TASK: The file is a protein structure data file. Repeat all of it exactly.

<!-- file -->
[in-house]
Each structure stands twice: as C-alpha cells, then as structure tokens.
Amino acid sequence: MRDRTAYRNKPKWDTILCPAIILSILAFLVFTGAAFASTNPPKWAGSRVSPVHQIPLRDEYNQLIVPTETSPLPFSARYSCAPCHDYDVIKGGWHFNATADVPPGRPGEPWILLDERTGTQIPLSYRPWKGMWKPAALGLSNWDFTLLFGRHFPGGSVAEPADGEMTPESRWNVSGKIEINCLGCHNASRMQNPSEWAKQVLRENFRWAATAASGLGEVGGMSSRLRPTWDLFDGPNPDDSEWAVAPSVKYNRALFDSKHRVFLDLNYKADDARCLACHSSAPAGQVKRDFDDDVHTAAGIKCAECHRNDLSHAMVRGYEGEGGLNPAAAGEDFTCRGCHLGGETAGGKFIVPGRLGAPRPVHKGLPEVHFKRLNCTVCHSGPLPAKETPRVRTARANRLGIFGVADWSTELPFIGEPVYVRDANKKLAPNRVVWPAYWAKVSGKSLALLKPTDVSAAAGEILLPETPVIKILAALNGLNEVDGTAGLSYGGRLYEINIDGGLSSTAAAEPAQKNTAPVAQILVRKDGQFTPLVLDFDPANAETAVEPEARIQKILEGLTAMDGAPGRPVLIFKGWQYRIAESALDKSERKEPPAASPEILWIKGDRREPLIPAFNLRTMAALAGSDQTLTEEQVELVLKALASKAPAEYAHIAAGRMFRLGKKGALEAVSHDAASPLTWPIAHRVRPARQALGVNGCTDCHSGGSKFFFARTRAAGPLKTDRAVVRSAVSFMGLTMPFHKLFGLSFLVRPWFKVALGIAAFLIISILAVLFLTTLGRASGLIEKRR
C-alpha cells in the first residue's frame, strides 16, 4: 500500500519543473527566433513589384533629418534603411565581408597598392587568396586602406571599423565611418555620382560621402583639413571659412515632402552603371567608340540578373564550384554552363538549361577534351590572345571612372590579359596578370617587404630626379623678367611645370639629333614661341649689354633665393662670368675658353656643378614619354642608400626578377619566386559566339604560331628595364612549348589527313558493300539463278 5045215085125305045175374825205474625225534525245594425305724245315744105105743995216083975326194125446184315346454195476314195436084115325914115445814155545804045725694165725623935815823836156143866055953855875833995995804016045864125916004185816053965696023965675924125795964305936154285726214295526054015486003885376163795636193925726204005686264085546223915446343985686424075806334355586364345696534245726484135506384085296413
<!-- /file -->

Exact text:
[in-house]
Each structure stands twice: as C-alpha cells, then as structure tokens.
Amino acid sequence: MRDRTAYRNKPKWDTILCPAIILSILAFLVFTGAAFASTNPPKWAGSRVSPVHQIPLRDEYNQLIVPTETSPLPFSARYSCAPCHDYDVIKGGWHFNATADVPPGRPGEPWILLDERTGTQIPLSYRPWKGMWKPAALGLSNWDFTLLFGRHFPGGSVAEPADGEMTPESRWNVSGKIEINCLGCHNASRMQNPSEWAKQVLRENFRWAATAASGLGEVGGMSSRLRPTWDLFDGPNPDDSEWAVAPSVKYNRALFDSKHRVFLDLNYKADDARCLACHSSAPAGQVKRDFDDDVHTAAGIKCAECHRNDLSHAMVRGYEGEGGLNPAAAGEDFTCRGCHLGGETAGGKFIVPGRLGAPRPVHKGLPEVHFKRLNCTVCHSGPLPAKETPRVRTARANRLGIFGVADWSTELPFIGEPVYVRDANKKLAPNRVVWPAYWAKVSGKSLALLKPTDVSAAAGEILLPETPVIKILAALNGLNEVDGTAGLSYGGRLYEINIDGGLSSTAAAEPAQKNTAPVAQILVRKDGQFTPLVLDFDPANAETAVEPEARIQKILEGLTAMDGAPGRPVLIFKGWQYRIAESALDKSERKEPPAASPEILWIKGDRREPLIPAFNLRTMAALAGSDQTLTEEQVELVLKALASKAPAEYAHIAAGRMFRLGKKGALEAVSHDAASPLTWPIAHRVRPARQALGVNGCTDCHSGGSKFFFARTRAAGPLKTDRAVVRSAVSFMGLTMPFHKLFGLSFLVRPWFKVALGIAAFLIISILAVLFLTTLGRASGLIEKRR
C-alpha cells in the first residue's frame, strides 16, 4: 500500500519543473527566433513589384533629418534603411565581408597598392587568396586602406571599423565611418555620382560621402583639413571659412515632402552603371567608340540578373564550384554552363538549361577534351590572345571612372590579359596578370617587404630626379623678367611645370639629333614661341649689354633665393662670368675658353656643378614619354642608400626578377619566386559566339604560331628595364612549348589527313558493300539463278 5045215085125305045175374825205474625225534525245594425305724245315744105105743995216083975326194125446184315346454195476314195436084115325914115445814155545804045725694165725623935815823836156143866055953855875833995995804016045864125916004185816053965696023965675924125795964305936154285726214295526054015486003885376163795636193925726204005686264085546223915446343985686424075806334355586364345696534245726484135506384085296413